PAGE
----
Down-and-out In Dixie Reformers Need To Rally Behind Mississippi Charter Schools

When teachers unions attacked charter schools in Washington State by filing lawsuits challenging their constitutionality, reformers from across the nation rushed to their defense. A media campaign was launched with the hashtag #SaveWACharterSchools. Op-eds were written. Amicus briefs were filed. Rallies were organized. Pro-charter forces raised such a fuss that the fight in Washington State grabbed national headlines. Eventually, thanks to their combined efforts, charter supporters won the day.

Reform organizations rallied to defend charter schools in Washington State

Meanwhile, a thousand miles away in the heart of the American South, Mississippi charter schools are engaged in a legal battle – nearly identical to the one in Washington State – which if lost, could cut off their funding and shutter them entirely. The big difference is that the effort to save Mississippi’s charters has gotten far less attention and support from the education reform community.

A huge need in the Magnolia State

It’s hard to understand why reformers rallied to protect charters in Washington State, while the plight of those in the Magnolia State have been largely ignored. Arguably, there is a far greater need for high-quality charter options in Mississippi, where over 30% of children live in poverty.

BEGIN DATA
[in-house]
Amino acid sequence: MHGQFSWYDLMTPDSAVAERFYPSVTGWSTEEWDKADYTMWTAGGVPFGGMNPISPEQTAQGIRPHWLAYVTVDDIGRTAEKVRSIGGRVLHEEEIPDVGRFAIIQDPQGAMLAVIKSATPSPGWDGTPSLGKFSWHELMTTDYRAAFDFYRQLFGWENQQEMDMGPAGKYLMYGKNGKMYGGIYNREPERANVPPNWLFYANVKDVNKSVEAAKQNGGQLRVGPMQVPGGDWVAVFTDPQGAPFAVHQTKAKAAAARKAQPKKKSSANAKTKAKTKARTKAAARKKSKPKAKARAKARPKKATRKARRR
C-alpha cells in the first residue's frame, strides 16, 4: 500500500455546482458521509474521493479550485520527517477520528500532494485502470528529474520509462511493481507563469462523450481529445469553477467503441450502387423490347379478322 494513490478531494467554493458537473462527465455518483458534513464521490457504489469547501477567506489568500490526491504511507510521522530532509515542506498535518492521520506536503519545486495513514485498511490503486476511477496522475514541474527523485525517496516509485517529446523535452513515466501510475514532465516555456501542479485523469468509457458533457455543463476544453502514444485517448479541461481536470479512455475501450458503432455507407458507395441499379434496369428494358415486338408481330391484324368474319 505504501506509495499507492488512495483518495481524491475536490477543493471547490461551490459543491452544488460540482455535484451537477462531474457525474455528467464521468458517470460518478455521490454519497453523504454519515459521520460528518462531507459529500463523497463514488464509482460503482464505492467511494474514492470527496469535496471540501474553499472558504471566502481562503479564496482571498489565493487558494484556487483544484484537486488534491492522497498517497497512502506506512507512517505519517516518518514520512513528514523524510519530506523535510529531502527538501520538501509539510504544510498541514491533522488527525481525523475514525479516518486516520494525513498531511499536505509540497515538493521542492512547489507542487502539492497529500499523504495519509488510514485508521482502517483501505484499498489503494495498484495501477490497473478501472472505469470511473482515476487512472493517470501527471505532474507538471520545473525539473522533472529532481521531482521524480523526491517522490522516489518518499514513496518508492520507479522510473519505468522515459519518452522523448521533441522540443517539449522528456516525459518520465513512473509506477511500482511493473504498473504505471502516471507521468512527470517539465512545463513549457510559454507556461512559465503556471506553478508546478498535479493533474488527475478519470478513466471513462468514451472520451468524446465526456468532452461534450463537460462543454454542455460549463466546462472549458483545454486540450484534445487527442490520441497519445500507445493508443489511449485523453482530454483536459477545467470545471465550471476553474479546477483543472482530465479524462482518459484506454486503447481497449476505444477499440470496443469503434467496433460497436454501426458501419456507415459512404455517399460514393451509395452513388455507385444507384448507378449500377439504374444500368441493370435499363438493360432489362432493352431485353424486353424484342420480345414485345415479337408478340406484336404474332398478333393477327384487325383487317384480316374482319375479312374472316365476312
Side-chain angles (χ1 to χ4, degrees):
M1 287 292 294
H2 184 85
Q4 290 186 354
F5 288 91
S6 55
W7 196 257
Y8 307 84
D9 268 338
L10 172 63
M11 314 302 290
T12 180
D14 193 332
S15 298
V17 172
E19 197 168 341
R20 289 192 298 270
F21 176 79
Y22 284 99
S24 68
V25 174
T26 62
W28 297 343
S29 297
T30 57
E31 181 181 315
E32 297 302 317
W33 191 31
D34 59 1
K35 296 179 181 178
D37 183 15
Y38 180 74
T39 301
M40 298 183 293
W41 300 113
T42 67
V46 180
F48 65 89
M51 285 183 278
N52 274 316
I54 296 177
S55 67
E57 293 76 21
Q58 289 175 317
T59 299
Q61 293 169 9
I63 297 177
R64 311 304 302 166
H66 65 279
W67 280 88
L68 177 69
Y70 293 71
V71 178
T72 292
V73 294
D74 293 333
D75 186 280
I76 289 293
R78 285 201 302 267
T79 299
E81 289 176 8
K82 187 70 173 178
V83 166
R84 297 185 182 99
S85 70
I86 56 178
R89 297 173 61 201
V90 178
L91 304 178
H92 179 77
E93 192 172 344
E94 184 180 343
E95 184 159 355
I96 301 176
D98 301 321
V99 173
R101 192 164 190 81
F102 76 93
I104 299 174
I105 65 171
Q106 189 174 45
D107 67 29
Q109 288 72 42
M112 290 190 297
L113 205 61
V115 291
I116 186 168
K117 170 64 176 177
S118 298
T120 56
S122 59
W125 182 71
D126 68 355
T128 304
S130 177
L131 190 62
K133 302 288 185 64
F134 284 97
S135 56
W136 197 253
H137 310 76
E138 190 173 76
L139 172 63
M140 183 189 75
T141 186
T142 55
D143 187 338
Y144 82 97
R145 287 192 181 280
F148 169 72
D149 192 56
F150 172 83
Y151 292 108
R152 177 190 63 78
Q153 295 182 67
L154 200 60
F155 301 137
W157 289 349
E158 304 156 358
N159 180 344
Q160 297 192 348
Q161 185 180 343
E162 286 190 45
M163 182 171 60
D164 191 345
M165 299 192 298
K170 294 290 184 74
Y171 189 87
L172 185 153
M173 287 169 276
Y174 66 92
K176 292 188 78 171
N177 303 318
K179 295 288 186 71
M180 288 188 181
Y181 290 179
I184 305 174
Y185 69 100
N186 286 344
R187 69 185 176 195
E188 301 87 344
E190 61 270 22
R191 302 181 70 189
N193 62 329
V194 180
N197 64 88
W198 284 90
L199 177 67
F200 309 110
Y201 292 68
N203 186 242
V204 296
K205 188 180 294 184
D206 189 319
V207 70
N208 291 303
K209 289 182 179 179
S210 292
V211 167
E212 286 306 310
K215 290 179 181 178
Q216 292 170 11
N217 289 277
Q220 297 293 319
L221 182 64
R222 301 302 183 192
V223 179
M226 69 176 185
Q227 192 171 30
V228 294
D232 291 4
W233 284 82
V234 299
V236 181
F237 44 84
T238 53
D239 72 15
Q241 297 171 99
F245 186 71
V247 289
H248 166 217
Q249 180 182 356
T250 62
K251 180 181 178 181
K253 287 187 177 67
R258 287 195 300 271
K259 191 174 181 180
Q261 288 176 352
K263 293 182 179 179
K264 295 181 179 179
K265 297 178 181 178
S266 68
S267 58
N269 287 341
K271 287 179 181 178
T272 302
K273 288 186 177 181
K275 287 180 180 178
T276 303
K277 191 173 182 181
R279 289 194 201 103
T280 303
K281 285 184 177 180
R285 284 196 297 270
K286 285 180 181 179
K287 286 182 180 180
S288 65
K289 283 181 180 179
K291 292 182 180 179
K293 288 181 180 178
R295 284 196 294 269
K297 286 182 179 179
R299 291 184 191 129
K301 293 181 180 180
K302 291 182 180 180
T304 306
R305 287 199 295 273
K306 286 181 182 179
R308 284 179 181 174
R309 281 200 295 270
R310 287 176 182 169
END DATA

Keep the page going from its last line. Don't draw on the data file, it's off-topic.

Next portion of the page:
As might be expected, educational attainment in Mississippi lags far behind the national average. The state has nearly as many high school dropouts as it does college graduates. For African-Americans, the statistics are particularly disturbing. In 2015, only 14% of black fourth-graders and 8% of black eighth graders were proficient in reading, according to the National Assessment of Educational Progress. That same year, ACT results showed that only 3% of Mississippi’s black high school seniors earned a college-ready score on all four tested subjects (English, math, reading, and science).

Mississippi has nearly as high school dropouts as it does college graduates.

Although high quality, open enrollment public schools could help close the gap for many of these students, they are few and far between. The school system in Jackson, where the state’s handful of charters are located, received an “F” rating this past year and State Superintendent Carey Wright has warned that the district is in danger of takeover. In short, charter schools could have a huge impact in Mississippi, putting some of our nation’s highest-need children on a dramatically better life trajectory, but that will only be possible if they survive the current legal battle.

Charter opponents well-organized and well-funded

Thankfully, groups like the Mississippi Charter Schools Association and Mississippi Justice Institute have jumped into the fray to defend charter schools. In October, these organizations, along with a group of current charter school parents, won the right to intervene in the lawsuit.

Nevertheless, charter supporters are facing off against well-organized and well-heeled opponents. The Southern Poverty Law Center (SPLC), which filed the lawsuit challenging the constitutionality of Mississippi’s charter school law, certainly has the resources to wage a prolonged legal battle. The organization reported net assets of more than $315 million in 2015.